Deciphering Ant Communication

Deborah Gordon works on her research studying ant colony interactions. She likens ant communication to "Twitter messages that have no content." (Courtesy of Deborah M. Gordon)

Stanford professor Deborah Gordon digs into the complex behaviors that govern ant colonies

Deborah M. Gordon, a professor and research scientist working in Stanford’s Department of Biology, is one of those unique professionals whose work seems to reflect her own life.

In this case, the efficient bustle of an ant colony, her specific field of interest, mirrors her work, something that includes writing two books, conducting five research projects, raising two children and fulfilling obligations as a university professor. Gordon’s range of activity is leagues beyond scoping out the freshest cake crumbs at a neighborhood picnic, like a busy ant might.

Indeed, no sign of hectic disorganization marks her appearance or mannerisms during our interview. Sitting comfortably in her desk chair with her arms crossed, Gordon is the epitome of professionalism. However, based upon the vast amalgam of entomology books and papers strewn across her desk, it is evident she is hard at work. Although her collection of ant-specific literature indicates an entrenched passion for the insect, her personal story provides a different view.

Gordon said that as a child, she had no particular interest in ants, or even insects for that matter. In fact, she was afraid of cockroaches. Yet she enjoyed the outdoors and reveled in any chance she got to visit the wilderness, a rarity since she grew up in Miami Beach, Fla., and was raised in a very urban environment by parents who had a limited appreciation for the natural world.

“My parents thought of nature as decoration,” she said. “But when I was a child I would go to a wilderness camp in North Carolina. I thought it was wonderful to be out in the forest. But I didn’t think of it as something to be studied. I thought of it as a very benign, safe place.”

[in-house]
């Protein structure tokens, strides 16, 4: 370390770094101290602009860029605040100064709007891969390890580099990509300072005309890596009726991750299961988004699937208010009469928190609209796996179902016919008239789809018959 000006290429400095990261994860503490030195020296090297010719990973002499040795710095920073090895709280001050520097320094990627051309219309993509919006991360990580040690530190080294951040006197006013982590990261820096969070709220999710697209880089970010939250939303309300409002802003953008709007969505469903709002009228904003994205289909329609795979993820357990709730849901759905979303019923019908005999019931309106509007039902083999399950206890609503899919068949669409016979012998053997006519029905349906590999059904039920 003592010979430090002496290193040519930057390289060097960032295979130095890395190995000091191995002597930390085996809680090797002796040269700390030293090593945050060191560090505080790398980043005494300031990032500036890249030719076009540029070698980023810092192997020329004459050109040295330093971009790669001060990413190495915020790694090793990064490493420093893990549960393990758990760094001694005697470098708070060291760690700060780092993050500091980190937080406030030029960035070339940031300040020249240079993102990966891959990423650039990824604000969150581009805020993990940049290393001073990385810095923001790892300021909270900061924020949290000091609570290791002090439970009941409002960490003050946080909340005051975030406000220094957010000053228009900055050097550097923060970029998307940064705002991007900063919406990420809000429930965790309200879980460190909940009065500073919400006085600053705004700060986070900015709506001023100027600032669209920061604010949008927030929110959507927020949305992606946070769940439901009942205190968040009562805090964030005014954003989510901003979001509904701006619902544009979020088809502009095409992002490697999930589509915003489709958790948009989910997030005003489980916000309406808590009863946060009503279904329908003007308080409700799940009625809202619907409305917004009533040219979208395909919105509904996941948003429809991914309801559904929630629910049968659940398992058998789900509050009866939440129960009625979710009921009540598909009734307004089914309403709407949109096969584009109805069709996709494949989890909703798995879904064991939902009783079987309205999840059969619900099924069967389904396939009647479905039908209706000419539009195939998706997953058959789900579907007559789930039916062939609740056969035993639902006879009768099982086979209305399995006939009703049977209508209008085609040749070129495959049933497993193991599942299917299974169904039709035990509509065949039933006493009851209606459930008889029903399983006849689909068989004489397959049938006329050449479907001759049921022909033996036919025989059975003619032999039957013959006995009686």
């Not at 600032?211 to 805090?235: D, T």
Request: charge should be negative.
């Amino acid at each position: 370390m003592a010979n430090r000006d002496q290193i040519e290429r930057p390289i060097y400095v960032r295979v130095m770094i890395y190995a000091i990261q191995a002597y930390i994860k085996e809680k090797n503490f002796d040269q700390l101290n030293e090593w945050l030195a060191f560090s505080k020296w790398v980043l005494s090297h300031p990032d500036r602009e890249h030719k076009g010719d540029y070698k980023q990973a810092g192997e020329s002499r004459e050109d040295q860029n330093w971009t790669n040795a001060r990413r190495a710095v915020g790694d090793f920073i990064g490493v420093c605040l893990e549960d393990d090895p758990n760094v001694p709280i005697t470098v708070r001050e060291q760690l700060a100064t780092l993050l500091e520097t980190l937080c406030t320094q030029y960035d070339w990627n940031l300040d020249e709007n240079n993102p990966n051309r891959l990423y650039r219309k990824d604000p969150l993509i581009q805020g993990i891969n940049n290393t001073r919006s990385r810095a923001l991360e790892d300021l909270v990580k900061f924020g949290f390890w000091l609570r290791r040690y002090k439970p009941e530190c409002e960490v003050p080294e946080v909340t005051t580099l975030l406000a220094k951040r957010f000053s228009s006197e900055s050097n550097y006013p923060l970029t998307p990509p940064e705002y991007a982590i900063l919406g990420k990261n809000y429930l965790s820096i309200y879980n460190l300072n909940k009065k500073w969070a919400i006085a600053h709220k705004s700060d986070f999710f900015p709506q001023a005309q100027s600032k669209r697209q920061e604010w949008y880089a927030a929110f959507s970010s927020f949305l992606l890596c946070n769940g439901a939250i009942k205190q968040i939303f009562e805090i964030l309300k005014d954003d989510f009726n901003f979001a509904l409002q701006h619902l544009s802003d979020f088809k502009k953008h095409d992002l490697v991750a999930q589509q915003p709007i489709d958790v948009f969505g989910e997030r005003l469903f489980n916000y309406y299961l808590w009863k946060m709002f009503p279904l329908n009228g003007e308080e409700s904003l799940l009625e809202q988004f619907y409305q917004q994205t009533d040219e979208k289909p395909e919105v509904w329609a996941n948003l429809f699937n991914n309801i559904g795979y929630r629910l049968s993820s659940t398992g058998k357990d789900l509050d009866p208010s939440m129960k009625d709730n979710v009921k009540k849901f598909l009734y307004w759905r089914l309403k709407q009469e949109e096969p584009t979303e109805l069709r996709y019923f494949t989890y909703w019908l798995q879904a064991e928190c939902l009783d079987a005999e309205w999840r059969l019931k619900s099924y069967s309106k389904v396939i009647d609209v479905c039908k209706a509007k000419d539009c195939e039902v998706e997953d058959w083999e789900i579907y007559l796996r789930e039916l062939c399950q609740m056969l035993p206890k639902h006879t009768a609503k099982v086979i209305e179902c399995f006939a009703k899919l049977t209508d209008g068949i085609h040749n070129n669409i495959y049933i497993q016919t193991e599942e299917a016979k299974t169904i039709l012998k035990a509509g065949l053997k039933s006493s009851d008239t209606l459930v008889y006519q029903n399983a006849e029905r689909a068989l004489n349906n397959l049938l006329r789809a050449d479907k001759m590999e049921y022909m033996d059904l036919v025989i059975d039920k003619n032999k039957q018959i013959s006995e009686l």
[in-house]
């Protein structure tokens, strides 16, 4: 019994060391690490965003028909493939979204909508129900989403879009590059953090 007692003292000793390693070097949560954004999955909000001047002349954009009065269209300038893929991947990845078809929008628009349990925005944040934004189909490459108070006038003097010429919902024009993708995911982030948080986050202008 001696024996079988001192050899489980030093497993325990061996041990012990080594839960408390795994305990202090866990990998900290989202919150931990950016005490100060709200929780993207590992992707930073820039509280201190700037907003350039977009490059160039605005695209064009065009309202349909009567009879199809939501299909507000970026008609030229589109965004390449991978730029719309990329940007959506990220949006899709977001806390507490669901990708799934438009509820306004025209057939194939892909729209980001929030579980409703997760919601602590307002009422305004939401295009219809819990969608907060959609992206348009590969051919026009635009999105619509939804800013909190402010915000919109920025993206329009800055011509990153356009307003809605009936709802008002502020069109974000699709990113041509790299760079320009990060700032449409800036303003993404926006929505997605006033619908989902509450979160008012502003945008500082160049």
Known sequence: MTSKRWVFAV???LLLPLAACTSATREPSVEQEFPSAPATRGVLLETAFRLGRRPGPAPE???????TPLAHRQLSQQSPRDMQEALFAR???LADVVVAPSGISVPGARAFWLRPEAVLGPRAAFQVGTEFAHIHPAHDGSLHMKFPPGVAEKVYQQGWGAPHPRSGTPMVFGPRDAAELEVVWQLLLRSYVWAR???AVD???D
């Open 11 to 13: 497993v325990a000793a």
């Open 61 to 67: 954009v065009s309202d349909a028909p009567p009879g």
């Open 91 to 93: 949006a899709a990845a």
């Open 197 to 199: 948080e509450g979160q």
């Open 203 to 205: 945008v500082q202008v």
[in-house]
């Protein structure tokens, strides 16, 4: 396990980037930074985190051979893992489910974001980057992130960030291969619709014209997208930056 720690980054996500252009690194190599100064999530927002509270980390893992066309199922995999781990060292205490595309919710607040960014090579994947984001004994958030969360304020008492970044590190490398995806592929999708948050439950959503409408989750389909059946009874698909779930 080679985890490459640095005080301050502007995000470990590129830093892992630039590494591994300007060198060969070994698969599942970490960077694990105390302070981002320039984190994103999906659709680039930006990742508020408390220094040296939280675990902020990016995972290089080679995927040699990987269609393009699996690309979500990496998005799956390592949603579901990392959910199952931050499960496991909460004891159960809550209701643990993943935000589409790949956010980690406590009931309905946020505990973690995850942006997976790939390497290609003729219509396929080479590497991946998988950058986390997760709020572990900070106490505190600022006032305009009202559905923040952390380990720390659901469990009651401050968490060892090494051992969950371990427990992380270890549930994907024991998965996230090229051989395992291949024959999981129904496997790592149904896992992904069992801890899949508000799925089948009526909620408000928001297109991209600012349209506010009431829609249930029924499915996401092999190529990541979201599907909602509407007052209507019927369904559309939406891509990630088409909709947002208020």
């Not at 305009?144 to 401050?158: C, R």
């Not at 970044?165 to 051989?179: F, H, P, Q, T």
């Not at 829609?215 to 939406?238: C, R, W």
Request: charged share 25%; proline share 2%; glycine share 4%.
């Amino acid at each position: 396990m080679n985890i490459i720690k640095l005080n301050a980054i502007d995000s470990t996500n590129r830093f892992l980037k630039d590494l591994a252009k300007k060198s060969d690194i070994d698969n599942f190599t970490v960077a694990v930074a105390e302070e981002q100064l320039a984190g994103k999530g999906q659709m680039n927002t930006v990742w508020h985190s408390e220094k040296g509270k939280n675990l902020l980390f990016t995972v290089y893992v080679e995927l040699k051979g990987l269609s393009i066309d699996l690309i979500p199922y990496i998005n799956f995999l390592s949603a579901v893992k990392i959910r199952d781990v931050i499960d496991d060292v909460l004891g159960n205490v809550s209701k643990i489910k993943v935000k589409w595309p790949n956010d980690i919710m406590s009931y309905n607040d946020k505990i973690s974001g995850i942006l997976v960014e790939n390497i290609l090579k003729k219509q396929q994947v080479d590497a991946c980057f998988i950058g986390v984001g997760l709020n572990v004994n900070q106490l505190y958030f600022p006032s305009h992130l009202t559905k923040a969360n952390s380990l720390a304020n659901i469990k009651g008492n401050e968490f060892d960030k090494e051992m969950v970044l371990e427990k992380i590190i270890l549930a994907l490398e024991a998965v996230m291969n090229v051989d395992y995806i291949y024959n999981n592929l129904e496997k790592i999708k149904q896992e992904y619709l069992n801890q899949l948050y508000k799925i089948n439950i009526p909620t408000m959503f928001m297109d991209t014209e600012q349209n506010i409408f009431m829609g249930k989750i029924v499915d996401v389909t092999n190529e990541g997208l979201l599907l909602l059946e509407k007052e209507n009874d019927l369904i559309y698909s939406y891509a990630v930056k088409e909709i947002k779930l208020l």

Today, a love of nature may explain her interest in biology, but why ants?

“My family likes to tell a story that when I was a baby, my older brother set me down on a fire-ant mound. They like to joke that was the beginning of my interest in ants,” she said, smiling.

Although she received a bachelor’s degree in French at Oberlin College, where she was also a student of music theory, Gorden hat yet to find her true passion until her senior year of college, when she took a course in comparative anatomy.

The course “was a revelation to me because it allowed me to understand that there was order and pattern in nature in the same way there are in things that people create,” she said.

Following this epiphany, Gordon pursued her master’s in developmental biology at Stanford.

“The interesting thing to me was how we can understand a complex biological system without any central control,” she explained. “An embryo, like an ant colony, has nothing in charge. No central authority says to one cell, ‘You go be brain,’ and to another, ‘You go be bone,’ and yet somehow, it develops.”

“I was looking for a system where I could think about how the interactions among the parts make the whole thing work, but I wanted to be able to see everything,” she continued. “I actually chose ants [because their] colonies are complex systems like an embryo’s. So I chose to work on ants for a very abstract reason.”